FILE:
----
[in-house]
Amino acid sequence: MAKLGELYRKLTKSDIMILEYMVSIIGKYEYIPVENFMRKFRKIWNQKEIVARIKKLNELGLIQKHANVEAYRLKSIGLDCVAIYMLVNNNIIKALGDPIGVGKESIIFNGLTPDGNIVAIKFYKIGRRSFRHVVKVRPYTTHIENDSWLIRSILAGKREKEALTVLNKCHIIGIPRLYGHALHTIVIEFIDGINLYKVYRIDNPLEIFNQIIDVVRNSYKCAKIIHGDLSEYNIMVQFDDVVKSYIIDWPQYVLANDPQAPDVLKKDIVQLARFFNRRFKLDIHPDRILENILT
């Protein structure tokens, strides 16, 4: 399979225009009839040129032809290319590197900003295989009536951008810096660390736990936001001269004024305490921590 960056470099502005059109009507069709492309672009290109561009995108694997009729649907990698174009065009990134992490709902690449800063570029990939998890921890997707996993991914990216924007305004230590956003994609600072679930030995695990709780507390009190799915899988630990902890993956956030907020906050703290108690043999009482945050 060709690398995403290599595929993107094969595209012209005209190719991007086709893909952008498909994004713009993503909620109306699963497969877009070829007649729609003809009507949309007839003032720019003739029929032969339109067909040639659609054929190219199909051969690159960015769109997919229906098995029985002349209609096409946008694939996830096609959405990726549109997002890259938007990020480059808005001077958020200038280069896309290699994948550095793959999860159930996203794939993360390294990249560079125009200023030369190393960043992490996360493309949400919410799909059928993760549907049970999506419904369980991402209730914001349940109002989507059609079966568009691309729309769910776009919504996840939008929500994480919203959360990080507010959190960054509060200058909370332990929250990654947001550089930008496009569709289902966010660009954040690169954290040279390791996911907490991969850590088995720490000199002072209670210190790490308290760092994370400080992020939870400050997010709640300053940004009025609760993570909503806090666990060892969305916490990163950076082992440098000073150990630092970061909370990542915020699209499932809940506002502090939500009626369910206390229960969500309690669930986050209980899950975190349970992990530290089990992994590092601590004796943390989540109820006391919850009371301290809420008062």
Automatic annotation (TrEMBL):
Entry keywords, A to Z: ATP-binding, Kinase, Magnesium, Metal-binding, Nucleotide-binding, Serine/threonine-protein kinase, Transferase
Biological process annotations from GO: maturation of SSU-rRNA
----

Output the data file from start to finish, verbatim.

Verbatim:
[in-house]
Amino acid sequence: MAKLGELYRKLTKSDIMILEYMVSIIGKYEYIPVENFMRKFRKIWNQKEIVARIKKLNELGLIQKHANVEAYRLKSIGLDCVAIYMLVNNNIIKALGDPIGVGKESIIFNGLTPDGNIVAIKFYKIGRRSFRHVVKVRPYTTHIENDSWLIRSILAGKREKEALTVLNKCHIIGIPRLYGHALHTIVIEFIDGINLYKVYRIDNPLEIFNQIIDVVRNSYKCAKIIHGDLSEYNIMVQFDDVVKSYIIDWPQYVLANDPQAPDVLKKDIVQLARFFNRRFKLDIHPDRILENILT
């Protein structure tokens, strides 16, 4: 399979225009009839040129032809290319590197900003295989009536951008810096660390736990936001001269004024305490921590 960056470099502005059109009507069709492309672009290109561009995108694997009729649907990698174009065009990134992490709902690449800063570029990939998890921890997707996993991914990216924007305004230590956003994609600072679930030995695990709780507390009190799915899988630990902890993956956030907020906050703290108690043999009482945050 060709690398995403290599595929993107094969595209012209005209190719991007086709893909952008498909994004713009993503909620109306699963497969877009070829007649729609003809009507949309007839003032720019003739029929032969339109067909040639659609054929190219199909051969690159960015769109997919229906098995029985002349209609096409946008694939996830096609959405990726549109997002890259938007990020480059808005001077958020200038280069896309290699994948550095793959999860159930996203794939993360390294990249560079125009200023030369190393960043992490996360493309949400919410799909059928993760549907049970999506419904369980991402209730914001349940109002989507059609079966568009691309729309769910776009919504996840939008929500994480919203959360990080507010959190960054509060200058909370332990929250990654947001550089930008496009569709289902966010660009954040690169954290040279390791996911907490991969850590088995720490000199002072209670210190790490308290760092994370400080992020939870400050997010709640300053940004009025609760993570909503806090666990060892969305916490990163950076082992440098000073150990630092970061909370990542915020699209499932809940506002502090939500009626369910206390229960969500309690669930986050209980899950975190349970992990530290089990992994590092601590004796943390989540109820006391919850009371301290809420008062």
Automatic annotation (TrEMBL):
Entry keywords, A to Z: ATP-binding, Kinase, Magnesium, Metal-binding, Nucleotide-binding, Serine/threonine-protein kinase, Transferase
Biological process annotations from GO: maturation of SSU-rRNA